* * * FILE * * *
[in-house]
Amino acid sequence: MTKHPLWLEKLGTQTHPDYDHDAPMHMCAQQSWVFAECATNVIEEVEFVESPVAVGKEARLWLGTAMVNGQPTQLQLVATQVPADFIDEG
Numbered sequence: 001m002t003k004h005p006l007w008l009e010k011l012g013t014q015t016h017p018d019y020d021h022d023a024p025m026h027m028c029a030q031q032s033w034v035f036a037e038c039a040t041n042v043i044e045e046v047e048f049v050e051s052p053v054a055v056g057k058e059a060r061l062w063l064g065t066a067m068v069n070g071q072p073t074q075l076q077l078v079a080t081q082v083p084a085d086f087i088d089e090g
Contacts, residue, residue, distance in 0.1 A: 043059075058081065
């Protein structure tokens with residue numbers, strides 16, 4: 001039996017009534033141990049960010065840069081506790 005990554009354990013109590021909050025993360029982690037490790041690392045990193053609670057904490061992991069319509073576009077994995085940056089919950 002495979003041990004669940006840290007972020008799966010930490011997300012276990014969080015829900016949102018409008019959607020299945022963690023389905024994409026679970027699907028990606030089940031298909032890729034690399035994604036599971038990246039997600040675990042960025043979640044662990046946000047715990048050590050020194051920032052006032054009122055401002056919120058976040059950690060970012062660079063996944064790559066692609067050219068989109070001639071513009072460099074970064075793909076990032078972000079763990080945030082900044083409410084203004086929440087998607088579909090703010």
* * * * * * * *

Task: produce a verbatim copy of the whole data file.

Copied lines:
[in-house]
Amino acid sequence: MTKHPLWLEKLGTQTHPDYDHDAPMHMCAQQSWVFAECATNVIEEVEFVESPVAVGKEARLWLGTAMVNGQPTQLQLVATQVPADFIDEG
Numbered sequence: 001m002t003k004h005p006l007w008l009e010k011l012g013t014q015t016h017p018d019y020d021h022d023a024p025m026h027m028c029a030q031q032s033w034v035f036a037e038c039a040t041n042v043i044e045e046v047e048f049v050e051s052p053v054a055v056g057k058e059a060r061l062w063l064g065t066a067m068v069n070g071q072p073t074q075l076q077l078v079a080t081q082v083p084a085d086f087i088d089e090g
Contacts, residue, residue, distance in 0.1 A: 043059075058081065
């Protein structure tokens with residue numbers, strides 16, 4: 001039996017009534033141990049960010065840069081506790 005990554009354990013109590021909050025993360029982690037490790041690392045990193053609670057904490061992991069319509073576009077994995085940056089919950 002495979003041990004669940006840290007972020008799966010930490011997300012276990014969080015829900016949102018409008019959607020299945022963690023389905024994409026679970027699907028990606030089940031298909032890729034690399035994604036599971038990246039997600040675990042960025043979640044662990046946000047715990048050590050020194051920032052006032054009122055401002056919120058976040059950690060970012062660079063996944064790559066692609067050219068989109070001639071513009072460099074970064075793909076990032078972000079763990080945030082900044083409410084203004086929440087998607088579909090703010």